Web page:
[Pause]

[Speaking: Unnamed Announcer]

Thank you Mrs. Hundley for telling us about this personal experience, which gives us a better understanding of the problems we are discussing today.

[Pause]

[Speaking: Unnamed Announcer]

We have Miss Kate Alperin[?], Executive Secretary of the Washington chapter of Americans for Democratic Action. Miss Alperin[?] is going to interview Dr. Leon Ransom, Washington attorney, on the legal aspects of the problem Mrs. Hundley faced and which others have faced. Dr. Ransom is well qualified to speak on the subject. He is chairman of the Legal Committee of the DC branch of the National Association for the Advancement of Colored People and chairman of the Committee for Racial Democracy in the nation's capital. Miss Alperin[?]...

[Speaking: Kate Aplerin[?]]

First, I want to say to Mrs. Hundley that I couldn't help being shocked to hear of her experience. It's disgraceful that experiences such as hers should occur here in the capital of our democracy. And I'd like to ask Dr. Ransom a question about the legal aspects of this case. Dr. Ransom, what right did Mrs. Henry's neighbors have to oust her from her home in the first place? Don't our laws give protection against such undemocratic acts as those of Mrs. Hundley's neighbors?

[Speaking: Dr. Leon Ransom]

Mrs. Hundley’s neighbors were about to force her out of her own home by means of what is known as restrictive covenants. That is a device by means of which people living in a particular neighborhood joined together in agreement in writing that they will not rent or sell their property to certain groups of people, such as Jews, Catholics, Negros or any other minority whom they considered to be undesirable persons for that particular neighborhood. Such covenants are usually phrased to the effect that no party may own or occupy the premises if they belong to the proscribed group. This being a contract between individuals, it has been unfortunately held in a large number of cases, that it is enforceable at law, with the result that any property owner in the neighborhood who does violate the terms of the agreement and sells his property to a member of the class named in the agreement may himself be sued for violation of it, and the purchaser will be compelled to give up the use or ownership of property for which he has paid his money. Fortunately, in Mrs. Hundley’s case, the courts in the district held that the covenant could not be enforced because the neighborhood in which the property was located had changed in character from an all-white residential area to one that was substantially for Negros and therefore the covenant had lost its effectiveness. The courts often hold that, where the neighborhood has changed in character residency. Because it's felt that such covenants are basically bad and should be enforced only when there is no other alternative. I am sorry to say that there are not many people in the District of Columbia who have been as fortunate as Mrs. Hundley in the outcome of such litigation. An example with which I am personally familiar, because I was counsel in the case, is that of a Mrs. Mays, who purchased a home in the northwest section of the city for herself, her sister and their children. And she was forced by the residents of the neighborhood to give up her home by means of these same covenants and go back to the rented rooms from which she had attempted to escape. The case was carried through the courts and finally to the Court of Appeals, and by a majority decision, the validity of the covenant was upheld. I am happy to say that one of the justices, however, wrote a very vigorous dissent, in which he pointed out that these agreements were undemocratic and constitute the serious threat to our social moral and economic welfare.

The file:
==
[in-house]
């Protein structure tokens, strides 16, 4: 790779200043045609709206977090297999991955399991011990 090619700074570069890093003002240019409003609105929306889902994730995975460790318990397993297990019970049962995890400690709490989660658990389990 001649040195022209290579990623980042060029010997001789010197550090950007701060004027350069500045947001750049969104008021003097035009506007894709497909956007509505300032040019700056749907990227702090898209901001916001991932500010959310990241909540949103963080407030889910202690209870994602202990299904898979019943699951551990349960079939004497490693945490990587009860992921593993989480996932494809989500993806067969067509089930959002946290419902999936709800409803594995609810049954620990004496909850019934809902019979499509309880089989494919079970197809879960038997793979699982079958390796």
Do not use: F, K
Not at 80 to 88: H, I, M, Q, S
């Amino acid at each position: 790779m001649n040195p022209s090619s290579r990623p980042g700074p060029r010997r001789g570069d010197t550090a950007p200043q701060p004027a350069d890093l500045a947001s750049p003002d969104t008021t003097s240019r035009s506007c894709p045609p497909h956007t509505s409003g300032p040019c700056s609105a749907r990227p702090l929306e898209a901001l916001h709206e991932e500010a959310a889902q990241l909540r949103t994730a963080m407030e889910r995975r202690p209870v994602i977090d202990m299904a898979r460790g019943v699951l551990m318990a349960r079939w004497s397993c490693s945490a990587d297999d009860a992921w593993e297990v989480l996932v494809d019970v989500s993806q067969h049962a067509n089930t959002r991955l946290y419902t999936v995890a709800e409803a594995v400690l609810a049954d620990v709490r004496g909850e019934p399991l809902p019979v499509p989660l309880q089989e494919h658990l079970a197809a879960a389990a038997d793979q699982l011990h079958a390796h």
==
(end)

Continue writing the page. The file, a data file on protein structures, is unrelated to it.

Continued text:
[Speaking: Kate Aplerin[?]]

But do our laws allow such an obviously discriminatory practice as the restrictive covenant?

[Speaking: Dr. Leon Ransom]

It is a fundamental right under both the English and American law that every person has the power of determining to whom he will sell his property. That of course, is as it should be. The viciousness of the covenant lies in the fact that a group of people bind themselves together for the purpose of determining that no one shall sell the property in that neighborhood to another certain class of people, or to allow it to be used for certain purposes. Originally, these agreements were based upon what we all must admit is a sound purpose. That is, of preventing the use of property for businesses that might be considered detrimental to the health and safety of the neighborhood, such as establishing slaughterhouses therein, factories, particularly those that might be manufacturing dangerous substances such as explosives. Or to prevent the establishment of saloons or other undesirable businesses in what should be a purely residential section. When this type of covenant was found to be upheld by law for such salutary purposes, it was seized upon by narrow minded individuals who wanted to force their own ideas of superiority upon their communities. And they began write the type of agreement which we are now discussing. The distortion of this original purpose of the covenant amounts really to conspiracy to deny the people who are the objects of personal prejudices the right to buy and live where they may choose. The wrong consists in the fact that such agreements are made to apply to classes or races and not merely to individuals who might be objectionable. These mutual agreements not to sell or rent property to persons of particular races or nationalities make it impossible for anyone who falls within the description to live in any particular neighborhood. In a case some years ago, the United States Supreme Court ruled that no state or any agency of a state could make a law which restricted persons from living in any particular place where such law was based on the race or color of the individual. Unfortunately, our courts have not yet in the main seen fit to deny the individuals the use of the courts to enforce these restrictive covenants, which do by private agreement, but the state is forbidden to do by law.